Tuesday, November 14, 2006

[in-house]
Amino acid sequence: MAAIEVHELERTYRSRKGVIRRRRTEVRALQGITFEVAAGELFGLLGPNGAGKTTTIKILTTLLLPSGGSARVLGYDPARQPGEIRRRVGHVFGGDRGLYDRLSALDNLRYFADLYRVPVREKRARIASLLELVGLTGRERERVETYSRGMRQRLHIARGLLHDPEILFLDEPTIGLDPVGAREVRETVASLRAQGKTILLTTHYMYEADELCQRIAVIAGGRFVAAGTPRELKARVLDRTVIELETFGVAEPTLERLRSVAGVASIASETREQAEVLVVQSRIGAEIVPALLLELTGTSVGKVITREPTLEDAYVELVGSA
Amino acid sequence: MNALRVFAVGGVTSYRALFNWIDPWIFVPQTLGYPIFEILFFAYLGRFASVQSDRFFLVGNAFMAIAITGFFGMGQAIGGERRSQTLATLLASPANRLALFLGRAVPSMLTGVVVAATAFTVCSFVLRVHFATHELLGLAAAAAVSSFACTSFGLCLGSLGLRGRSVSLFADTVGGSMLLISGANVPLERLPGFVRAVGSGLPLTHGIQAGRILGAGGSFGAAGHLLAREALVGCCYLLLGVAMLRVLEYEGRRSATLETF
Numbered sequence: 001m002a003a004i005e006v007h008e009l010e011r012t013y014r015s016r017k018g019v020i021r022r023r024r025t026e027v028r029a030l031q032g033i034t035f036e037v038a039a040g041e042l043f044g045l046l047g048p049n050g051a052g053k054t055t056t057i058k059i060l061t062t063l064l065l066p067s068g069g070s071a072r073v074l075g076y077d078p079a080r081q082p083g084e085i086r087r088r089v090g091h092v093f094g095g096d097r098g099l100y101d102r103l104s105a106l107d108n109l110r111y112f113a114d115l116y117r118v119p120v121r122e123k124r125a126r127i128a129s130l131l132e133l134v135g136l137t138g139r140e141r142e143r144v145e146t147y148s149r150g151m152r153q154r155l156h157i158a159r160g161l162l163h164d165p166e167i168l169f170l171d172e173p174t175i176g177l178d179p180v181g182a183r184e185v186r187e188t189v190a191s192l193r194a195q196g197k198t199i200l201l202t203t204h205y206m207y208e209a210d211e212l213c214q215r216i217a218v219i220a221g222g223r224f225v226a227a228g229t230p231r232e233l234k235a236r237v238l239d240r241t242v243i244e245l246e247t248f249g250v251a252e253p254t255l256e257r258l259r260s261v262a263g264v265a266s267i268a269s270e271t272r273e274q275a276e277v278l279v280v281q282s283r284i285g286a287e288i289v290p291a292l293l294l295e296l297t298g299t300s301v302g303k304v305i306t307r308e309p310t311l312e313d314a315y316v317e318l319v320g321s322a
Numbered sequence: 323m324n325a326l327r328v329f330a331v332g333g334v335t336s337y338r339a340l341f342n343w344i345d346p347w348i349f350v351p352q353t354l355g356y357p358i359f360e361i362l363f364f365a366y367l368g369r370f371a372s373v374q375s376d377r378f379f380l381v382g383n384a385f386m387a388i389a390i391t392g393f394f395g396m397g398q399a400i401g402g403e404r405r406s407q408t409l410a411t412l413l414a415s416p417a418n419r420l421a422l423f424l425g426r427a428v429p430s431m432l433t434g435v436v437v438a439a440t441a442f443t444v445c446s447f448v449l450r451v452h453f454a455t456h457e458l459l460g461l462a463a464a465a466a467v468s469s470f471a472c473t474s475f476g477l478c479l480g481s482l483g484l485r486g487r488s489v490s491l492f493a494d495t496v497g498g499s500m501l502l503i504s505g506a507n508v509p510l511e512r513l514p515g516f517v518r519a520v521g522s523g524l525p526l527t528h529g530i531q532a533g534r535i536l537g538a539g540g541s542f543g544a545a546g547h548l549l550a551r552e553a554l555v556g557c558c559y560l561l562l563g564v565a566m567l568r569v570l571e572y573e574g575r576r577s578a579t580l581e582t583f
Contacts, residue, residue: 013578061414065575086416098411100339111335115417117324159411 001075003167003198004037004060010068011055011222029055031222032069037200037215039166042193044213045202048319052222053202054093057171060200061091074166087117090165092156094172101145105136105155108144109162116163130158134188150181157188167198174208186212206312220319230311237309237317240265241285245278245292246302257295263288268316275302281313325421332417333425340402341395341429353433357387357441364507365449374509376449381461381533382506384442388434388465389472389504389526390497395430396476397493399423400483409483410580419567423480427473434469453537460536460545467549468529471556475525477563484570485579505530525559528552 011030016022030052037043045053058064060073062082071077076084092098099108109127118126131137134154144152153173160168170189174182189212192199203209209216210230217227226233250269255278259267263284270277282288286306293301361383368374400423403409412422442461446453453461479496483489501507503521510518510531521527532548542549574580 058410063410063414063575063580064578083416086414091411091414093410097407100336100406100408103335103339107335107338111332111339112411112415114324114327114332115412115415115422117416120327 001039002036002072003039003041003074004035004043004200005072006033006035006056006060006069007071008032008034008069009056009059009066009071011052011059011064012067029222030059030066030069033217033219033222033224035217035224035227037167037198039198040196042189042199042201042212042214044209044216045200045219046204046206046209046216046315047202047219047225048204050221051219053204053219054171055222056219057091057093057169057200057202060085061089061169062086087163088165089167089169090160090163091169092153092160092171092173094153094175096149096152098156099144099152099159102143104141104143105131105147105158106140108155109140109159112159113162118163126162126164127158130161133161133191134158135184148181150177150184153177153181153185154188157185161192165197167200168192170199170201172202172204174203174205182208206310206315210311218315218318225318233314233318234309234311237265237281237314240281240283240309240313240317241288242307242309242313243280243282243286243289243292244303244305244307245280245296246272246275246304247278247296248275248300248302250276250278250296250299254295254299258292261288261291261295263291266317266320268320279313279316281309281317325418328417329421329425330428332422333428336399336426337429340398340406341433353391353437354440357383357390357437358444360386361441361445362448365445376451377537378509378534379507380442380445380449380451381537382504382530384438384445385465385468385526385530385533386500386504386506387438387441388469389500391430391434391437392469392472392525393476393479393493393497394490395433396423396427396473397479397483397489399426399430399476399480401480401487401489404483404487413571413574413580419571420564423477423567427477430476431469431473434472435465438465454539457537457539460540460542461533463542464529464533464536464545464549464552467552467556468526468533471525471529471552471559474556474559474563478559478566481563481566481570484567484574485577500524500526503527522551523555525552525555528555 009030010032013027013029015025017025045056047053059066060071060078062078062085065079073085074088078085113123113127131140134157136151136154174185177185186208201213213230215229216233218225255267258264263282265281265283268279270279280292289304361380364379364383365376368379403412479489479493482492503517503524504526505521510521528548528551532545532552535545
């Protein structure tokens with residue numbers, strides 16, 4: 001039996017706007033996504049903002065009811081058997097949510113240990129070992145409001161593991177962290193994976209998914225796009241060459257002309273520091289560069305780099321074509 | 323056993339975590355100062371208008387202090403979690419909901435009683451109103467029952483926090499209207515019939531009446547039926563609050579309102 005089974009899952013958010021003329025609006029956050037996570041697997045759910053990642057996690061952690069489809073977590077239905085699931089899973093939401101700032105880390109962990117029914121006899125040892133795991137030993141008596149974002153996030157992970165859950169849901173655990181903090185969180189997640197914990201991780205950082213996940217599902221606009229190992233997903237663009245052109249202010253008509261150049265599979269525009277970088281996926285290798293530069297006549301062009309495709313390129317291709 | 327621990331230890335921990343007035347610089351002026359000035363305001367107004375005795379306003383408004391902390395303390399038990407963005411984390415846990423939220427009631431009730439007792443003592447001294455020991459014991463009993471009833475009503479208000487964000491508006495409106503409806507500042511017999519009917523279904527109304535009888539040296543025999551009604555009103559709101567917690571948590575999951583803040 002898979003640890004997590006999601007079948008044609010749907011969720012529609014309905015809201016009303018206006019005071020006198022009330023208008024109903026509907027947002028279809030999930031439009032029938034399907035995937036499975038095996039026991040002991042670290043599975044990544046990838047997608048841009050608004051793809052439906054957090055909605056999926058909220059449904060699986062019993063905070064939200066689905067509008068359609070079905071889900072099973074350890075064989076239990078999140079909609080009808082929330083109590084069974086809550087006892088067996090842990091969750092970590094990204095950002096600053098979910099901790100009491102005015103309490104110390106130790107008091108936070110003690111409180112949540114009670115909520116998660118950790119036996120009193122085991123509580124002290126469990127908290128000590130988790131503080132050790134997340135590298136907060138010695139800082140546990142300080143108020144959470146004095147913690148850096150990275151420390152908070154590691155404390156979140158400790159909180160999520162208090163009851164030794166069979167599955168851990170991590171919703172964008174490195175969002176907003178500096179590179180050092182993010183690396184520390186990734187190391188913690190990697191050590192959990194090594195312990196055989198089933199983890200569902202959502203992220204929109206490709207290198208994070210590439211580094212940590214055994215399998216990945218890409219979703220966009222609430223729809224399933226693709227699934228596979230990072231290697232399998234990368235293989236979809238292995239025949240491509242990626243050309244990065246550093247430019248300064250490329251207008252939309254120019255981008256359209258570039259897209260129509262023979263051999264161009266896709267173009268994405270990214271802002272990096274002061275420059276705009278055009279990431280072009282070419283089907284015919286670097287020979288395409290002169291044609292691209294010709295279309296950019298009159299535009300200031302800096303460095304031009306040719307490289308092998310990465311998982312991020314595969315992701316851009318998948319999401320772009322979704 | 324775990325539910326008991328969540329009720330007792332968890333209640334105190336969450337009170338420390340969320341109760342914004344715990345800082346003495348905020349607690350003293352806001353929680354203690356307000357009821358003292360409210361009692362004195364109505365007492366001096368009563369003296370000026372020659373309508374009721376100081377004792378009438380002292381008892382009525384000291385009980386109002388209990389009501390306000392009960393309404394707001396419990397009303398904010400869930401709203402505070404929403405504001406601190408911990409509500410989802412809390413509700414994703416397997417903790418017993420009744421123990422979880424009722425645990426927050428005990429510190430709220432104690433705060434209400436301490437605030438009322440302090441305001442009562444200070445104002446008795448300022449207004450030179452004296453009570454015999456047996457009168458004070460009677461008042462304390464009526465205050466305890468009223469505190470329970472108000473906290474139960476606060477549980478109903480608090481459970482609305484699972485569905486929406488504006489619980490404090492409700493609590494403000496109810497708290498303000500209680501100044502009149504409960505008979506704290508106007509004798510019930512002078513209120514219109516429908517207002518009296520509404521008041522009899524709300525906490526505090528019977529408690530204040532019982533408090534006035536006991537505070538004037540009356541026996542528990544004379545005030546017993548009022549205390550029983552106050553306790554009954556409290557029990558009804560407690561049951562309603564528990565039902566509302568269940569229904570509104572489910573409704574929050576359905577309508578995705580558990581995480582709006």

So, I have been mulling about, the thought of finishing school and seriously pursuing a career as a journalist and fiction writer. Establishing credibility in either concentration is a feat in and of its self, and is not mutually beneficial with wide ranging success. But my primary dilemma comes from the school issue. I love California, I love the small and somewhat broken life that I have made for myself, though it could be a lot better, my support system is not what I would like it to be (could be much, much worse, though, I mean, at least I have one), a lot more exciting (but achieving those things is entirely up to me, so I’m not complaining…) and I believe that I would like to make this home a permanent one. I have a tendency to move somewhere, stay for two or three years and then move on (which I think, makes me a good candidate for a foreign correspondent, don’t you? I mean besides the whole being able to write clearly and concisely, report facts in a way that appeals to readers and/or viewers, the general stuff) and I am just past my two years here. I have been contemplating for a long time a move to the East Coast, to seek admission to Brown or Columbia’s Non-traditional student programs. But the issue is, even if admitted, is moving clear across the country the best thing for me; I question why I want so badly to do this. I guess badly is not the correct term; I wonder why this has nagged at me for so long. My options are: return to University of California, Santa Barbara, finish, at the latest, in a year and a half, and only be 2 hours or so away from my friends/surrogate family, the beach is right there, snow is not far away and I pay in state tuition at a pretty good school, especially compared to where I’ve been. Or, attempt to get into (preferably) Brown or Columbia, stay there the mandatory two years to be eligible to graduate, get used to actually experiencing Winter, and traverse the hallowed halls of one of America’s most prestigious schools of higher education. And that last part is what I think has been tugging at me for so long. Hailing from Louisiana, where education is something akin to a farce, and always being told that I had the ability to make it, academically, anywhere I wanted to (and thus, though this may not be true, I began actually believing it), the ego stroke of graduating from a top 15 or 20 college, especially an Ivy League one, has always been one I’ve longed for. Is the cost of moving, the price of a significantly higher tuition, leaving a second family all worth the supposed prestige and academic excellence. At my age, this really should not be an issue; at least I believe it shouldn’t be. And with that degree, am I more likely to be taken seriously as a novice? There is forever the stigma that the West Coast doesn’t produce serious anything – news reportage, intellectuals, artists – there is the permanent stain of an intellectual inferiority complex compared to New York. I mean, just look at the LA Times. It has no true way to compete with the New York Times or the Washington Post, especially given their national and foreign desk strengths, but they keep trying and in the process, completely ignore the local news and therefore, isn’t as widely read in Los Angeles as it should be. What’s a girl to do, how do I refrain from falling (further) into that state of mind? I thought, maybe I could try to get an internship with the Times, but they, apparently, at present don’t offer any (insane) and are in the process of pitching a budget to the publishers to get one established. I’m sure an internship program, right now, is not exactly a top priority with Tribune and Co. Well, what about writing as much as possible, getting my work seen wherever I can, maybe seeing about interning with one of the city’s weekly papers, taking a journalism class or two at UCLA or USC (though currently I am at UCLA Extension, reigning my focus in on Middle Eastern Studies), and pursuing other activities that will make me a well rounded individual with various points of reference with which to use in my writing. Is it possible to be an West Coaster, with a decent degree and a fair amount of drive and ambition and be just as respected as a New York or Washington journalist, with an elitist (not necessarily a negative connotation) education, having racked up a far more substantial amount of debt in the process? Will more opportunities present themselves one way or the other? Should I just stop wasting my time worrying about it, get out of school as quickly (and with the least amount of money owed) as possible and get some real world experience?